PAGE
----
As the years passed he found a silver stream, and sometimes he would wade into it, but he never felt the cold. If, when he woke, his toes were pruned and Ginny—in a pique of early morning emotion—would tell him to put socks on before he went to bed “next time” as his feet were cold.
He never really listened.
Ginny never said it with any expectation of change.
They were beyond that now.
At some point, because Harry couldn’t precisely say when as he never remembered his age when he slept, he realized he’d been in this forest before. The sound of hooves was not entirely unknown. He remembered it—from waking—and so, when one darklit night he emerged out from the Forbidden Forest, he couldn’t be surprised.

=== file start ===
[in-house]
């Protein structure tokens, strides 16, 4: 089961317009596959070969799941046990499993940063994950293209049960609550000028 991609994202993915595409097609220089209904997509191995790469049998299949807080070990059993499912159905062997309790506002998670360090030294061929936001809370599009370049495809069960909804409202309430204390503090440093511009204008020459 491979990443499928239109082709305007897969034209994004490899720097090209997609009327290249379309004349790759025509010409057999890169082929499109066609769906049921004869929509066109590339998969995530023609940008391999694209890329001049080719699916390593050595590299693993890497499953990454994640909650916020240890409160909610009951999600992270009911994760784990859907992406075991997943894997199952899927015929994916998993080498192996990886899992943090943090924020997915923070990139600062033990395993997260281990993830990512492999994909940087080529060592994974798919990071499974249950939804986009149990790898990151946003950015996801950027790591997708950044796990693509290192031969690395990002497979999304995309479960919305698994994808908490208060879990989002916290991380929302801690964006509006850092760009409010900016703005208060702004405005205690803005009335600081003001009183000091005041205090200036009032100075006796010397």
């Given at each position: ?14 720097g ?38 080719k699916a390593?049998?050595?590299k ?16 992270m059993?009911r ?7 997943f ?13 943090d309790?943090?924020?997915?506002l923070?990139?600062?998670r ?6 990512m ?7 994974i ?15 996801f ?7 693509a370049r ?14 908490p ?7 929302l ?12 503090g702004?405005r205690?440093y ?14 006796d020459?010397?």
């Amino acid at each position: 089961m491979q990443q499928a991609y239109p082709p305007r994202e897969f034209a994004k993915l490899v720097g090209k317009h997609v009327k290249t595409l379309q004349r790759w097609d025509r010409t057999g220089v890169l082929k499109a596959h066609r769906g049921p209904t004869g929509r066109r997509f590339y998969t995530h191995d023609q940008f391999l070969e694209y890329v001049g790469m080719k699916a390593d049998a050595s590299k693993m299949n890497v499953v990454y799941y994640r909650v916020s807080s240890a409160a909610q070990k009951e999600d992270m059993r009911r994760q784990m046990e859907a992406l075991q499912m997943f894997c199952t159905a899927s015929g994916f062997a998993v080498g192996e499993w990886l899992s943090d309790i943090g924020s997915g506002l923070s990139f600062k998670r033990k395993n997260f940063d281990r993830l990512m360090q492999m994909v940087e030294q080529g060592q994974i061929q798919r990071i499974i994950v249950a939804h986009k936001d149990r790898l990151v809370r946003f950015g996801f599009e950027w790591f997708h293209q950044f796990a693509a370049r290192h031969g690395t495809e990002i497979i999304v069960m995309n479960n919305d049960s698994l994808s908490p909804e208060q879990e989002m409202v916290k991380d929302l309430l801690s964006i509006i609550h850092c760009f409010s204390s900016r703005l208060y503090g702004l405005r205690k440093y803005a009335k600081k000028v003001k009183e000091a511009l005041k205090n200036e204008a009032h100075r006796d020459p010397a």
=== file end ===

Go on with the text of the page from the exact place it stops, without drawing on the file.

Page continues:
Not that he felt surprise. He felt nothing at all when he slept and when he was awake, in the world, a married man with three children, he found he preferred those haze dreams of no emotion or thought to the reality of another day of being “Harry Potter.”
He wasn’t Harry Potter, not really.
Harry Potter was a creation of whispers after the first defeat of Voldemort.
Harry Potter was a dream that could only be realized in the imagination.
Harry Potter was a living legend—but a myth to everyone, to the people, to the papers, to his wife and children.
Harry Potter had never been born, never existed, so he could never die.
When he dreamed he was not only ageless but nameless. He was himself, awkward, gangly a bit, not yet grown. If he had a scar on his head, it was unimportant. If he knew the color of his eyes, he wouldn’t remember that they were the same bottle green as his mum’s.